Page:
Battle Of The Buds

On 1 June 2001 Justice Doogue delivered an important judgment in the trade mark field. The dispute was between two old adversaries, Anhauser-Busch of the USA and Budweiser Budvar of the Czech Republic.

The case centred around the Czech defendant’s use in New Zealand of the trade mark Budejovicky Budvar and its alleged use of Budweiser and by implication of the American company’s “Bud” trade mark.

The parties have reached various forms of accommodation over a period of more than 90 years. Refer: Anhauser-Busch Incorporated v Budweiser Budvar National Corporation, Wellington High Court, CP 361/97, 1 June 2001, Doogue J (unreported).

As indicated above, the New Zealand case centred around the Czech defendant’s use in New Zealand of the trade mark Budejovicky Budvar and its alleged use of Budweiser and by implication of the American company’s “Bud” trade mark. The American company had registered in New Zealand both Budweiser and Bud and it was acknowledged that they had a huge international reputation which extended to New Zealand and that they had rights by way of registration. The issue however revolved principally around the defendant’s registration and use of a range of trade marks incorporating the words Budejovicky Budvar.

The American plaintiff argued that its registered trade marks had been infringed and that the defendant’s own trade mark registrations should be removed. In addition, the plaintiffs took action on the basis of passing off and breach of the Fair Trading Act.

The judgment is a long and comprehensive one and the arguments raised for and against were detailed. At the end of the day, however, the plaintiff’s main contention was that through the repetition of the word “Bud” in the defendant’s trade mark, this amounted to infringement of its “Bud” registration and further amounted to an actionable misrepresentation in trade.

Considerable expert evidence was led by both parties as to how members of the New Zealand public would be likely to respond to the defendant’s trade marks and product, how they were likely to pronounce and abbreviate the mark and what their overall impressions would be. The plaintiff filed market survey evidence to support its case.

Overall, the plaintiff’s contention was that from the results of the survey and by virtue of a linguistic or psychologist’s approach, a typical prospective New Zealand purchaser of packaged beer would be likely to be confused on seeing the Budejovicky Budvar product. That is, into believing that it was the American company’s Budweiser product, or was somehow associated with the American company’s product because of the common first syllable, the difficulties of the words in English and the familiarity with the American brand.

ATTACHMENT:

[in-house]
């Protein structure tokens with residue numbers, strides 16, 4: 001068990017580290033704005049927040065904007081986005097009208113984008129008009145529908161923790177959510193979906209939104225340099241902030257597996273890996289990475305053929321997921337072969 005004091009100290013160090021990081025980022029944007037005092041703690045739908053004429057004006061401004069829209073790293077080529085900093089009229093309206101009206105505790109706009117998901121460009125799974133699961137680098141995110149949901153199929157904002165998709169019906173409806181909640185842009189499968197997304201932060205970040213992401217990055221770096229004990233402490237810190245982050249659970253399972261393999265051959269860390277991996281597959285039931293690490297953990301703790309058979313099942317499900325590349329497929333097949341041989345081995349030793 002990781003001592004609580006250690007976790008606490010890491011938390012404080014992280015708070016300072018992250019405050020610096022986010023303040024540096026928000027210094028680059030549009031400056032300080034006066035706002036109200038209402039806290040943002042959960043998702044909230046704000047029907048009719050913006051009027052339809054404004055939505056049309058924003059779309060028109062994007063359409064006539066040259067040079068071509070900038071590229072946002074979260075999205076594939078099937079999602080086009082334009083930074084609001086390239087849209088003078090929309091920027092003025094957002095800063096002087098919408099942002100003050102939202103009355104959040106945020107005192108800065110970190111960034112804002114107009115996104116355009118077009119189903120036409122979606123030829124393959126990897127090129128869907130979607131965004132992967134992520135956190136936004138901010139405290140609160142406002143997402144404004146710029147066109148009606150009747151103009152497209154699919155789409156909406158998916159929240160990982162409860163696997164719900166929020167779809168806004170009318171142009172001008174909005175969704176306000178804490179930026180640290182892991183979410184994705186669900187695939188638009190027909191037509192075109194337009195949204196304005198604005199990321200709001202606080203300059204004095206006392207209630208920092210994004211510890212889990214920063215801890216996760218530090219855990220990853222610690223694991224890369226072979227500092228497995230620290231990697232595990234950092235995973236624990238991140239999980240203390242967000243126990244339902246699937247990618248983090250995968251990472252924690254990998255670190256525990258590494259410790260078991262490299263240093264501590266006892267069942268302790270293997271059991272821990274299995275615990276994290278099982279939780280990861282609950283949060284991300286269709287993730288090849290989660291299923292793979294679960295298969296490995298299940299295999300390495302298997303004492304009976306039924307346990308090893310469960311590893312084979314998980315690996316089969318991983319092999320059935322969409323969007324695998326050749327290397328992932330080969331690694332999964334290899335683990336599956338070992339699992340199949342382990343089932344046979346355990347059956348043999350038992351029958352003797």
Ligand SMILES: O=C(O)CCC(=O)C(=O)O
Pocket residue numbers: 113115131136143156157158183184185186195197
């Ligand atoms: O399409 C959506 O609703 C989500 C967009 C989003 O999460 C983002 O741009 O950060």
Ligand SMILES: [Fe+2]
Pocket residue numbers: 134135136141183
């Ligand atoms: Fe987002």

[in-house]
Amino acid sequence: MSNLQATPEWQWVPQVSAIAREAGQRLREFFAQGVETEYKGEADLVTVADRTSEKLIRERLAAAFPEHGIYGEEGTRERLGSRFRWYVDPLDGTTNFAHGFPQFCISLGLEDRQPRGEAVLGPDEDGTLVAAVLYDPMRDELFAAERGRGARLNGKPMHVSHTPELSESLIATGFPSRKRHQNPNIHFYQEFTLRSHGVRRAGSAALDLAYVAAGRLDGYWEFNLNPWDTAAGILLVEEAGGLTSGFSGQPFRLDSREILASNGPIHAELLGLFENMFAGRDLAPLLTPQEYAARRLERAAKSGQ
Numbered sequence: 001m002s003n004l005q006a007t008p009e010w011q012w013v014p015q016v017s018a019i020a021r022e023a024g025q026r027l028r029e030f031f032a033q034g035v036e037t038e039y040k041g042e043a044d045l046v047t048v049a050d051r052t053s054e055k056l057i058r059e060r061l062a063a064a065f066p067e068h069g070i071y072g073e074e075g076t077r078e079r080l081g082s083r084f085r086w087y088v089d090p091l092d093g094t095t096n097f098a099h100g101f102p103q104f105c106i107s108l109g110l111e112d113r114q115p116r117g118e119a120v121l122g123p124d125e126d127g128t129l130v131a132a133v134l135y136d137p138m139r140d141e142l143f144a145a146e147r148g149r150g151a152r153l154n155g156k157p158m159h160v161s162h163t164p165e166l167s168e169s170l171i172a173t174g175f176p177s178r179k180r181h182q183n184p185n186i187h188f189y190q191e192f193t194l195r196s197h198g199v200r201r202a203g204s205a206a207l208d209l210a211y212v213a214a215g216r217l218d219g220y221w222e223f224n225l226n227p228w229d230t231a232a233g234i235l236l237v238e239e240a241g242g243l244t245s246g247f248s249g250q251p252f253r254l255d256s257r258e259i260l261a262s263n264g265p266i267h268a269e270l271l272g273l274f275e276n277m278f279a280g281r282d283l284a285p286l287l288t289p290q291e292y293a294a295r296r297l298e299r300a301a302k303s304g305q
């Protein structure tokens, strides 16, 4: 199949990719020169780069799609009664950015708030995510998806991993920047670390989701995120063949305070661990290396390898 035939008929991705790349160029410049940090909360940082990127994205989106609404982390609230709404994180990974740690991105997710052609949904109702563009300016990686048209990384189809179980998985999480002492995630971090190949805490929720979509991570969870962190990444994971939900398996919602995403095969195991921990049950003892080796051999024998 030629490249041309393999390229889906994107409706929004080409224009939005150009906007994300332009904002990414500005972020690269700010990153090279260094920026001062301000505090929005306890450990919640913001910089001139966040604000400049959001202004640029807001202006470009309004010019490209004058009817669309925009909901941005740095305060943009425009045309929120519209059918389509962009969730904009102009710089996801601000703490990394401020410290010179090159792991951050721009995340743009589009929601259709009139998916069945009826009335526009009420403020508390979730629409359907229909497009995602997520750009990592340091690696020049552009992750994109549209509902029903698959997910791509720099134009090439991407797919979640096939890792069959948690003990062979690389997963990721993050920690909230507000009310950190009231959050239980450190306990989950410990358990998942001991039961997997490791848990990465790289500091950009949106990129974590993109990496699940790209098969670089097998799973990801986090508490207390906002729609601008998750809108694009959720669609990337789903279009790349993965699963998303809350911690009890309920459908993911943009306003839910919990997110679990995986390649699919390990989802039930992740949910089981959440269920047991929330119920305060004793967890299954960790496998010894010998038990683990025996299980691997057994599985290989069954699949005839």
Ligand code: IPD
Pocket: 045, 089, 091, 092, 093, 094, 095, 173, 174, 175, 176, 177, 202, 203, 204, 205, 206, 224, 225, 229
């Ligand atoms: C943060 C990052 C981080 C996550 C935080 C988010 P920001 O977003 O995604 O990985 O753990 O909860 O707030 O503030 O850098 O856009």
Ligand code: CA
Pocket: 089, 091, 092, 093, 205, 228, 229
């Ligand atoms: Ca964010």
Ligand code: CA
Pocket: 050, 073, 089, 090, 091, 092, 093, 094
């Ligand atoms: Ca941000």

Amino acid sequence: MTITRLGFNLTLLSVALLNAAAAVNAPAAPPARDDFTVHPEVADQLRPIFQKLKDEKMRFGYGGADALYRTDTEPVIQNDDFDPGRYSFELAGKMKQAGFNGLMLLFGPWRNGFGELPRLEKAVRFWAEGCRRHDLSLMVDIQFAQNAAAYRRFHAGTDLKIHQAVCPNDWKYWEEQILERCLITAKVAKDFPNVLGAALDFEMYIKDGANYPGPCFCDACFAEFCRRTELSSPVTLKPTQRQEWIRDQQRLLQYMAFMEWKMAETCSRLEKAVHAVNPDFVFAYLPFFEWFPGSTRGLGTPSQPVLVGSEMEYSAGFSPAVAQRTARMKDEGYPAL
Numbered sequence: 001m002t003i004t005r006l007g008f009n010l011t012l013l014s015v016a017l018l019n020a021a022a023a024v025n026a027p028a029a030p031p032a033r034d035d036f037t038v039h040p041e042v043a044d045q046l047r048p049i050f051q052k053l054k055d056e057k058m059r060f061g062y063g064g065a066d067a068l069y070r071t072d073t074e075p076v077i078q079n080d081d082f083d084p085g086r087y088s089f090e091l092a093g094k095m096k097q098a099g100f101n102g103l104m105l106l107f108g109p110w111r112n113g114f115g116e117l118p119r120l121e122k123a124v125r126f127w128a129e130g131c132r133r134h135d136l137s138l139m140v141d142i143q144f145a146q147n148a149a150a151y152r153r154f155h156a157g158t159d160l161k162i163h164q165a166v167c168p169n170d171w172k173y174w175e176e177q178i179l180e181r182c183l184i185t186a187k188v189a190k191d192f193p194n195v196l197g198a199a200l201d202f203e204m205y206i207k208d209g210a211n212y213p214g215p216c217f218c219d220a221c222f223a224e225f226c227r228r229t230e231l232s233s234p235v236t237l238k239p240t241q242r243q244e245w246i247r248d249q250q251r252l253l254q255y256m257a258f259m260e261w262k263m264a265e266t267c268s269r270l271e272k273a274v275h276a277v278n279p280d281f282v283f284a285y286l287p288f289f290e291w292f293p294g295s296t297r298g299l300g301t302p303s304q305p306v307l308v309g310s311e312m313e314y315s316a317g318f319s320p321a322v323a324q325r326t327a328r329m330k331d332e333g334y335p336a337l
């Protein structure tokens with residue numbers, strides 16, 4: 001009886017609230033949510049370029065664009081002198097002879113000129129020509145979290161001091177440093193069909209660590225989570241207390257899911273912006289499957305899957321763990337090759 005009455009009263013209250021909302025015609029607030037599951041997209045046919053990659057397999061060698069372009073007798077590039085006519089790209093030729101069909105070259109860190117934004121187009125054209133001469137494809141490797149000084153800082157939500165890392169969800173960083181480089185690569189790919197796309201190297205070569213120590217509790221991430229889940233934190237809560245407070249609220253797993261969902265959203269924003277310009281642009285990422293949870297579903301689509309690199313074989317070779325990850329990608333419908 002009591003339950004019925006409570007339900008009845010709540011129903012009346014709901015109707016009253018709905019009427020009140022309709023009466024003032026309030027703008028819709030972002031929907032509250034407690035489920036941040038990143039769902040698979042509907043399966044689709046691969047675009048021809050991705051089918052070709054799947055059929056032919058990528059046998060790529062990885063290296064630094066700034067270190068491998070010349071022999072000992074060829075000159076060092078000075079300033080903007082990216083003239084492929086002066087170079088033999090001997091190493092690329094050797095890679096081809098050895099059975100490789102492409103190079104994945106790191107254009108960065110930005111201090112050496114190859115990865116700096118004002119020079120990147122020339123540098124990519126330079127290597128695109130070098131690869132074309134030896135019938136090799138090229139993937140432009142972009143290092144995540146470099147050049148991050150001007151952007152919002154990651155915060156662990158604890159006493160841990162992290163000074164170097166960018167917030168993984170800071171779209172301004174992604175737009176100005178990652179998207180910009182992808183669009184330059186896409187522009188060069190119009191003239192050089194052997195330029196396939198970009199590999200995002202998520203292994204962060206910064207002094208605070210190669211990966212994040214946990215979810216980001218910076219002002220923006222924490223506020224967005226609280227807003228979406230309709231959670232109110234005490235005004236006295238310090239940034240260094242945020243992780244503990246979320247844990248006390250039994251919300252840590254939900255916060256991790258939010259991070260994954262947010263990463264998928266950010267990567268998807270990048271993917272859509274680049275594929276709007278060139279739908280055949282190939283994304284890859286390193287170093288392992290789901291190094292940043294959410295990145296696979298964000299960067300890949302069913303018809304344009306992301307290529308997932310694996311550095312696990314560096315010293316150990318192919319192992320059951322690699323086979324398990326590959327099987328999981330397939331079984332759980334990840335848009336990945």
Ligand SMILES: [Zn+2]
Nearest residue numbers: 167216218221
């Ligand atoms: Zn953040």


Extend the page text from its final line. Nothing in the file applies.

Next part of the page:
Notwithstanding this submission, there was no evidence of actual confusion between the two products.

These arguments were rejected, on the basis that there could be no visual confusion between the competing marks and any confusion could only result from imperfect recollection or aural confusion resulting from an incorrect assumption that because of the common feature “Bud” there was some connection.

The judgment deals at some length with the market survey and is critical of its design and the conclusions drawn from it. Apart from questions of design and choice of proper universe, the Judge felt that the market survey was not directed to the correct issue, i.e. the marks themselves. He was also less than convinced by the fact that it only showed that a small and certainly not substantial or significant number of New Zealanders might confuse the two products. In fact, the Judge concluded that the survey did more to assist the defendant than the plaintiff.

Essentially, the Judge found that the trade mark infringement claim was not made out and that the Czech company’s trade marks should not be removed.

There was however also argument about whether the defendant had improperly given greater prominence to the word “Budweiser” in its packaging. The Judge found that notwithstanding its prominence, there was no evidence that anyone took the name or part of the name of the company on the defendant’s new bottle as being the use of the word “Budweiser” as a trade mark. However, on the defendant’s old bottle, the prominence was greater and the Judge found that the old bottle did not have the protection of section 12 of the Trade Marks Act, i.e. saving for use of own name. Accordingly, the Judge warned that while it had not been established in the present proceedings that the defendant’s old bottle had infringed the plaintiff’s registered trade marks, any future use of the old bottle would be likely to lead to an opposite conclusion.

Having made these findings, his Honour dismissed the passing off and fair trading claims. It is noteworthy that in doing so he again referred to the market survey. Some 85% of those surveyed had knowledge of the Budweiser brand but only 10% of those surveyed associated the defendant’s beer with Budweiser. In a way, this figure confirmed the Judge’s view that there was no real likelihood of a misrepresentation necessary to establish relief.

Finally, it is worthy of mention that the Judge endorsed Gault J’s comments in Mainland Products Ltd v Bonlac Foods (NZ) Ltd [1998] 3 NZLR 341 at 343 that claims of passing off and under the Fair Trading Act add little in a case which is truly a trade mark case. This may lead to the need for a re-evaluation of how name cases are run in the future.


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